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The History of Invasion Stripes

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Used extensively for the first time on Allied aircraft during D-Day, black and white invasion stripes were designed to aid identification of friendly aircraft in the air and on the ground. This article explains the background to these markings and some of the early ideas tested by the Allies and their use on D-Day. Also find out about Swiss Air Force neutrality bands and the red and white stripes painted on Fw 190Ds by the Luftwaffe's Jagdverband 44 (Platzschutzstaffel).

Early Ideas

Spitfire with white stripes intended for use during Operation Rutter

During 1942 there was pressure for a second front to be opened to help take the pressure off the Soviet Union on the Eastern Front. Whilst unable to launch a full scale invasion the go ahead was given on the 4th April 1942 for plans to be drawn up for a raid on Dieppe in Northern France. With so many aircraft involved, and the expected Luftwaffe response, the need for quick identification would be crucial. This would see the Supermarine Spitfires taking part painted with white stripes on the front of the aircraft to just before the cockpit and on the tail fin.

'Operation Rutter', as it was known, was scheduled to take place on the 7th July 1942, but with a Luftwaffe bombing raid taking place shortly before this date on the raiding force the element of surprise was lost. The following month on the 19th August and now known as 'Operation Jubilee' the Dieppe raid took place.

The Origins of Invasion Stripes

Starting on the 9th July 1943 'Operation Husky', the Allied invasion of Sicily, began. As part of the invasion force 144 Douglas Dakotas carry paratroopers flew in at just 400 feet over the invasion fleet and beaches, who were briefed that this airborne drop was happening. On the ground the American forces had been coming under sustained attacks from the air and as the Dakotas past overhead the first two formations made successful drops. Tragedy would then strike as one gunner opened fire on the aircraft, this would have the unfortunate consequence of all shore troops and offshore ships also opening fire on the aircraft. The aftermath of this was 23 Dakotas shot down with 37 damaged, 83 people died whilst 318 were injured.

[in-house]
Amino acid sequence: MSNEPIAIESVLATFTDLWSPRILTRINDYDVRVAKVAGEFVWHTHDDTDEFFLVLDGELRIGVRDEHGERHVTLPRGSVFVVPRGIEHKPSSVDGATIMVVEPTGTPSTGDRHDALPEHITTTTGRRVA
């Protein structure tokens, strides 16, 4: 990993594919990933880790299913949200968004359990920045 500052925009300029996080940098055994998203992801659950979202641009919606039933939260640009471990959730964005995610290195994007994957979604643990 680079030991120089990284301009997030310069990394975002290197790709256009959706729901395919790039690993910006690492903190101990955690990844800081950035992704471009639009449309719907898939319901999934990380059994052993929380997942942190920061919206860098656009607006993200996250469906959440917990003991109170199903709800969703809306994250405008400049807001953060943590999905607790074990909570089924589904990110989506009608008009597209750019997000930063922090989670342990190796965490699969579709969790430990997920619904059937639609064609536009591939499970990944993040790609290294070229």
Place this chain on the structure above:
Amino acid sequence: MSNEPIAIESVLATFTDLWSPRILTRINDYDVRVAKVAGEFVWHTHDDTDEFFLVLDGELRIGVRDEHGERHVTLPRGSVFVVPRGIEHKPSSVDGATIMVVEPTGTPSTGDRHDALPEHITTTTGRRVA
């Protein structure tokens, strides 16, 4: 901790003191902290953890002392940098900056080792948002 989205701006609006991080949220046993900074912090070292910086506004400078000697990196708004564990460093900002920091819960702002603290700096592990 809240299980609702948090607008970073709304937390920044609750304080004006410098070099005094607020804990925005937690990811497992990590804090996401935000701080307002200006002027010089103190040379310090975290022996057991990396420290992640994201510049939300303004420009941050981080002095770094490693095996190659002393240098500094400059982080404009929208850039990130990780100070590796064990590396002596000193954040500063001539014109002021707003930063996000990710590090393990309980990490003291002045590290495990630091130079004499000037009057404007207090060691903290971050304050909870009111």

With the invasion of Europe planned for June next year, codenamed 'Operation Overlord' but more commonly known as D-Day, a solution was needed to avoid a repeat incident. One idea considered to solve the problem of identifying friendly or enemy aircraft was already fitted to a large number of aircraft, the friend or foe (IFF) transponder. This would be a non-starter as due to the sheer amount of aircraft that would take part in the invasion the system would be unable to cope. In the end the solution used would be low tech.

'Operation Starkey' Identification Stripes

Westland Whirlwind with Operation Starkey identification stripes

This was a fake invasion operation carried out by the Allies between the 16th August 1943 and the 9th September 1943 with one of its aim to entice the Luftwaffe into combat in large numbers. To aid identification of friendly aircraft two black and two white stripes were normally painted onto the lower and upper wings of the aircraft, for fighters these would measure 18 inches and for bombers 24 inches. Some aircraft had the edge of the wing painted black, covering the Royal Air Force roundel, as well as the nose painted white.

The idea to paint, as means of identification, black and white stripes on aircraft wasn't a completely new idea as when the Hawker Typhoon entered service on the 11th September 1941 they resembled the Focke-Wulf Fw 190 when viewed from certain angles leading to a few 'friendly fire' incidents. This would see black and white stripes being painted under the wings only.

Invasion Stripes During D-Day

D-Day would see the idea expanded on and in the memorandum issued by the Supreme Headquarters Allied Expeditionary Force on the 18th April 1944 it stated that Allied aircraft taking part in the invasion of Europe, 'Operation Overlord', would have five stripes on both wings and on the rear fuselage without covering national markings. There were some exceptions, such as most of the four-engined heavy bombers used by the Allies, this was for two reasons. One, these aircraft would operate mainly at night and two, the chance of misidentification was low as the Luftwaffe had very few four engined aircraft.

The layout of inviasion stripes on a fighter aircraft (Hawker Typhoon)